What about you, fellow readers? What hobbies are you dedicated to?

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Forced to Give Up Food…

Example of an American grocery store aisle.

Image via Wikipedia

Yes,  I think I’m going to have to give it up. Not because I need to lose weight (which I do), but because I simply can’t afford to buy it these days.

Have you looked at what’s going on in the grocery stores? I did a tour through a grocery store last night, which left me gasping. I spent $100 for what a few months ago cost me $50 or $60. It’s enough to make you want to dig up your backyard and start gardening like our grandparents did. And on the same scale.

When I was a little kid, my grandmothers and old aunts spent almost every waking moment putting in the garden, taking care of the garden, harvesting the garden, then canning and/or preserving what came out of it. One of the most boring tasks that used to be assigned to me and my girl cousins was snapping and shelling peas and peeling peaches. As a kid, grumbling and grousing, I did not realize that this was an eat-or-not eat situation.

Joe & Myra Belle Matthews, my great-grandparents as they looked when I was a really little kid,

Since there was no grocery store of any consequence within a hundred miles, much less a supermarket, the garden produced by the women of the family were all we had to eat besides what they baked. We had meat because we grew our own animals, but even that called for a certain amount of preserving. Those women did an admirable job, I have to say. We never lacked for food. After my great grandmother passed, among the things she left behind were jars and jars of canned food that had come out of her garden. Amazing.

What’s ridiculous is that even though I grew up in that environment, I can’t even make a tomato plant survive. Back in the summer, my husband and I bought a green pepper plant and two tomato plants in pots. We did see  some green peppers, but they were no larger than golf balls and they were just as hard. The tomatoes were nearly the same. And my husband religiously watered and cared for them. Of course the relentless triple-digit heat in Texas this past summer didn’t help.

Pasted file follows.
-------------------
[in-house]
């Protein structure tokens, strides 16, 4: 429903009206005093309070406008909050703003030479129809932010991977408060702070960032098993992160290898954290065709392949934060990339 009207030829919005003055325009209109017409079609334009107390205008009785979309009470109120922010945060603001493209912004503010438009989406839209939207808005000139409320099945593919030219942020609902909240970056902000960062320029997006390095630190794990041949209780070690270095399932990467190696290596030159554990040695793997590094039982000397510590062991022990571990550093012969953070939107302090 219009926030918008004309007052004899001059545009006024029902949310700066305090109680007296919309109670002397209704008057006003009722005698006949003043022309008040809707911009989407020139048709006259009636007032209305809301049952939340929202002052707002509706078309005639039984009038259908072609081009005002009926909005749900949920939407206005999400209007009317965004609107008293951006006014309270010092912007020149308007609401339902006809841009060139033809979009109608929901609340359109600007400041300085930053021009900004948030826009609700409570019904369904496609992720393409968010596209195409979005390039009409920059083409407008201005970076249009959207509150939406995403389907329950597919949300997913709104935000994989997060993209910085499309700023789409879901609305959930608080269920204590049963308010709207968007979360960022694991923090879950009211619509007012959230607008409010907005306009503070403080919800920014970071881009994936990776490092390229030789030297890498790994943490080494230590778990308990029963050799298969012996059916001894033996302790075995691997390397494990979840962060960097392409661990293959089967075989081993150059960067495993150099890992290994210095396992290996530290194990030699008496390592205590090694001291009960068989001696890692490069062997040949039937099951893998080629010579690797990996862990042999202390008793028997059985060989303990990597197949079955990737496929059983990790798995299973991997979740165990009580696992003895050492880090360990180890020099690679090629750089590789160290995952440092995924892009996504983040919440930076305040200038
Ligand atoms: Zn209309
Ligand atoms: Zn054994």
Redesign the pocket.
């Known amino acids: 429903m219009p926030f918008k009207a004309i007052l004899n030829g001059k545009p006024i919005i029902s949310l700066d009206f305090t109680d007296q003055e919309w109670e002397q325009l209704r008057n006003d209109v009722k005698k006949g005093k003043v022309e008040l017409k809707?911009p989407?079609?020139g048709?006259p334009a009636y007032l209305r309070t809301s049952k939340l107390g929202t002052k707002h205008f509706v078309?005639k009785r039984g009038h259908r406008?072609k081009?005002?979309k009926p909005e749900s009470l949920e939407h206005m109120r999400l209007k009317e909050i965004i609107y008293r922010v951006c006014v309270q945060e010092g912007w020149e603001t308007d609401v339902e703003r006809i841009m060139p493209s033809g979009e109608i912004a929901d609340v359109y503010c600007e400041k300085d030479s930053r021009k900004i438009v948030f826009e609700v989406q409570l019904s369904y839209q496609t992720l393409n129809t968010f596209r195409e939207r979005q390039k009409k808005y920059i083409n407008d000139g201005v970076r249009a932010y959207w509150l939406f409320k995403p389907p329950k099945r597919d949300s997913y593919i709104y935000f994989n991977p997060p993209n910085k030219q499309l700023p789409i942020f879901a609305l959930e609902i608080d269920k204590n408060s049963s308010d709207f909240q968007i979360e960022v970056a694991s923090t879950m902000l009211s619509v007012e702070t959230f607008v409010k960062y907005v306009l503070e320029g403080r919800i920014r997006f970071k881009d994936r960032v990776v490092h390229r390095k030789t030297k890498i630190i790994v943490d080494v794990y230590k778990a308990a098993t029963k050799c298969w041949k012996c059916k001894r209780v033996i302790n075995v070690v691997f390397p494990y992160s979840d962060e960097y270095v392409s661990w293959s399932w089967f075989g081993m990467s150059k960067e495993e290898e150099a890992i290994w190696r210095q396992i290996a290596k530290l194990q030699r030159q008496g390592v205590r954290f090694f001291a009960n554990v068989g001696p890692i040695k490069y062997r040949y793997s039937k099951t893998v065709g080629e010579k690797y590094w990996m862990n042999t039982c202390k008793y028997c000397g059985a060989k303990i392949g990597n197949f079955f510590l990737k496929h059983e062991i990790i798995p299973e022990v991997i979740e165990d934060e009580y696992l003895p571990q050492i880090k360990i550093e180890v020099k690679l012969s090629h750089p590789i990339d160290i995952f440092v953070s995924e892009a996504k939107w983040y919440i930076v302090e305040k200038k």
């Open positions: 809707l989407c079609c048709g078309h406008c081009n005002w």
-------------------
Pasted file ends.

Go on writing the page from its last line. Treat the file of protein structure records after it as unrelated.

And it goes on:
What’s even more ridiculous is that my husband grew up in basically the same environment I did, but he can’t remember how to grow things either. So living off the land seems like a poor option for us right now.

Even if I wanted to buy fresh produce from somewhere now, because it’s supposed to be cheaper in season, and try to can it, I couldn’t without making a huge investment. I have no jars and lids, I have no kitchen utensils suitable for canning, no canner. And even if I did have a canner, I have an electric stove, which wouldn’t work with a canner.  <sigh> …. So I think I’m stuck with the grocery store and what’s for sale in it for whatever price.

So now I’m wondering if we’re approaching the day where in order to afford eating, we all will have to group together in co-ops of some kind. Are we going to have to become The Waltons? Maybe we should have pot luck clubs where we combine vittles. It’s cheaper to cook for a crowd than for just one or two.

We’re already to the place where many young people can’t afford to leave the nest and go out on their own. I can’t count the number of people I know personally who have grown children still living at home or who are raising their grandchildren for this or that reason.

When I think back on my life as a child, I realize that this togetherness is the way many of us used to live. So it isn’t brand-new. I can recall three and four generations of people all living in my great-grandfather’s house at one time (Fortunately, he had a big house.) and my grandmothers providing food for the whole lot of us.